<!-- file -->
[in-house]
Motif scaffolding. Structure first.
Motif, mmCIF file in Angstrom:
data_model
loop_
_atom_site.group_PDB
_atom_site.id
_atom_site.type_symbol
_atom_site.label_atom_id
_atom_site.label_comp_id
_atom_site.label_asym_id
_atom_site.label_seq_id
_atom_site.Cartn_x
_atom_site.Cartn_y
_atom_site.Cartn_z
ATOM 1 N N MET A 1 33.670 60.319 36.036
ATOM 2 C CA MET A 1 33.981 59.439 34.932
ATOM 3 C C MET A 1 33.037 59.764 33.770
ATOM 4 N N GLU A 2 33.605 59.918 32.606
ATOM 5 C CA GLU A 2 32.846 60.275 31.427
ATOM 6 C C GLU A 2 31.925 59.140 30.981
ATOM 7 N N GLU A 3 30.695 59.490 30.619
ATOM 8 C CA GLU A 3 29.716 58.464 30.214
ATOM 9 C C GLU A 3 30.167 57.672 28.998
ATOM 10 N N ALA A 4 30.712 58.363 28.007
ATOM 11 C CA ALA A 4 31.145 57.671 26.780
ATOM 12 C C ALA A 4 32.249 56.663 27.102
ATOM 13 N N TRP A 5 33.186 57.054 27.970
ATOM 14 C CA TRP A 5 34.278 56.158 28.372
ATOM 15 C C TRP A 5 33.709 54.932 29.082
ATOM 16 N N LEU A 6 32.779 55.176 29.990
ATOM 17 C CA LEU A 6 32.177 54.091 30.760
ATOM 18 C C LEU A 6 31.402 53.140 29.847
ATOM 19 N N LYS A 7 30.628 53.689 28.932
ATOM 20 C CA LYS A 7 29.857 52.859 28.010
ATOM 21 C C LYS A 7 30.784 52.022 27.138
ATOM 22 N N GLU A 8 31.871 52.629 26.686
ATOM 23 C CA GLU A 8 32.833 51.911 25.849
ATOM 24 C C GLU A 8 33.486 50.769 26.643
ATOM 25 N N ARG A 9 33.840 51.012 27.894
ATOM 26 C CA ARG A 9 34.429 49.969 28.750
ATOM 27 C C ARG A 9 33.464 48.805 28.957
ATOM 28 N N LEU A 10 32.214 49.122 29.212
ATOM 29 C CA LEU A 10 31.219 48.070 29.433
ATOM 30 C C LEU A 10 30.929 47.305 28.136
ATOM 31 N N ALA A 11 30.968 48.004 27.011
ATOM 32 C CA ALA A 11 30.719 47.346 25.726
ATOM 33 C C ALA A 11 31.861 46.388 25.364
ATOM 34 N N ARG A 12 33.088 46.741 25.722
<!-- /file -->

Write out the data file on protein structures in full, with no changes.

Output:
[in-house]
Motif scaffolding. Structure first.
Motif, mmCIF file in Angstrom:
data_model
loop_
_atom_site.group_PDB
_atom_site.id
_atom_site.type_symbol
_atom_site.label_atom_id
_atom_site.label_comp_id
_atom_site.label_asym_id
_atom_site.label_seq_id
_atom_site.Cartn_x
_atom_site.Cartn_y
_atom_site.Cartn_z
ATOM 1 N N MET A 1 33.670 60.319 36.036
ATOM 2 C CA MET A 1 33.981 59.439 34.932
ATOM 3 C C MET A 1 33.037 59.764 33.770
ATOM 4 N N GLU A 2 33.605 59.918 32.606
ATOM 5 C CA GLU A 2 32.846 60.275 31.427
ATOM 6 C C GLU A 2 31.925 59.140 30.981
ATOM 7 N N GLU A 3 30.695 59.490 30.619
ATOM 8 C CA GLU A 3 29.716 58.464 30.214
ATOM 9 C C GLU A 3 30.167 57.672 28.998
ATOM 10 N N ALA A 4 30.712 58.363 28.007
ATOM 11 C CA ALA A 4 31.145 57.671 26.780
ATOM 12 C C ALA A 4 32.249 56.663 27.102
ATOM 13 N N TRP A 5 33.186 57.054 27.970
ATOM 14 C CA TRP A 5 34.278 56.158 28.372
ATOM 15 C C TRP A 5 33.709 54.932 29.082
ATOM 16 N N LEU A 6 32.779 55.176 29.990
ATOM 17 C CA LEU A 6 32.177 54.091 30.760
ATOM 18 C C LEU A 6 31.402 53.140 29.847
ATOM 19 N N LYS A 7 30.628 53.689 28.932
ATOM 20 C CA LYS A 7 29.857 52.859 28.010
ATOM 21 C C LYS A 7 30.784 52.022 27.138
ATOM 22 N N GLU A 8 31.871 52.629 26.686
ATOM 23 C CA GLU A 8 32.833 51.911 25.849
ATOM 24 C C GLU A 8 33.486 50.769 26.643
ATOM 25 N N ARG A 9 33.840 51.012 27.894
ATOM 26 C CA ARG A 9 34.429 49.969 28.750
ATOM 27 C C ARG A 9 33.464 48.805 28.957
ATOM 28 N N LEU A 10 32.214 49.122 29.212
ATOM 29 C CA LEU A 10 31.219 48.070 29.433
ATOM 30 C C LEU A 10 30.929 47.305 28.136
ATOM 31 N N ALA A 11 30.968 48.004 27.011
ATOM 32 C CA ALA A 11 30.719 47.346 25.726
ATOM 33 C C ALA A 11 31.861 46.388 25.364
ATOM 34 N N ARG A 12 33.088 46.741 25.722